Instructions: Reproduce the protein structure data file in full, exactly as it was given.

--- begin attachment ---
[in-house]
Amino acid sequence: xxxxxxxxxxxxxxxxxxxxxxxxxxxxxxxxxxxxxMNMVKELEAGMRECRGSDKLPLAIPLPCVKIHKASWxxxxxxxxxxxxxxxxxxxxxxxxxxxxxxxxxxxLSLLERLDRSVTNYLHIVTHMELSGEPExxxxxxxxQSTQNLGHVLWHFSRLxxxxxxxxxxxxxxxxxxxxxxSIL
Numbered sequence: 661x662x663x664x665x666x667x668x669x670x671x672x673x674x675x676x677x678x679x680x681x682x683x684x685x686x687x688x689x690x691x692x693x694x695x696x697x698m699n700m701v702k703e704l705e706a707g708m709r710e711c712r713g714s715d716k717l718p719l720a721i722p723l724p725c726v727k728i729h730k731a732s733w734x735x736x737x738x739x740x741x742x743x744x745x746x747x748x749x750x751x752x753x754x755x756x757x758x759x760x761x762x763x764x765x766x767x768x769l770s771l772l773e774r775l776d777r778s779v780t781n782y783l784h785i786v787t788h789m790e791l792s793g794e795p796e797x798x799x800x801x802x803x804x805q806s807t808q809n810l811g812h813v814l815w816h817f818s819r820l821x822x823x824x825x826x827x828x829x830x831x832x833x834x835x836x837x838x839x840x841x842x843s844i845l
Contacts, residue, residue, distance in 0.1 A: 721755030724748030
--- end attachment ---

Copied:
[in-house]
Amino acid sequence: xxxxxxxxxxxxxxxxxxxxxxxxxxxxxxxxxxxxxMNMVKELEAGMRECRGSDKLPLAIPLPCVKIHKASWxxxxxxxxxxxxxxxxxxxxxxxxxxxxxxxxxxxLSLLERLDRSVTNYLHIVTHMELSGEPExxxxxxxxQSTQNLGHVLWHFSRLxxxxxxxxxxxxxxxxxxxxxxSIL
Numbered sequence: 661x662x663x664x665x666x667x668x669x670x671x672x673x674x675x676x677x678x679x680x681x682x683x684x685x686x687x688x689x690x691x692x693x694x695x696x697x698m699n700m701v702k703e704l705e706a707g708m709r710e711c712r713g714s715d716k717l718p719l720a721i722p723l724p725c726v727k728i729h730k731a732s733w734x735x736x737x738x739x740x741x742x743x744x745x746x747x748x749x750x751x752x753x754x755x756x757x758x759x760x761x762x763x764x765x766x767x768x769l770s771l772l773e774r775l776d777r778s779v780t781n782y783l784h785i786v787t788h789m790e791l792s793g794e795p796e797x798x799x800x801x802x803x804x805q806s807t808q809n810l811g812h813v814l815w816h817f818s819r820l821x822x823x824x825x826x827x828x829x830x831x832x833x834x835x836x837x838x839x840x841x842x843s844i845l
Contacts, residue, residue, distance in 0.1 A: 721755030724748030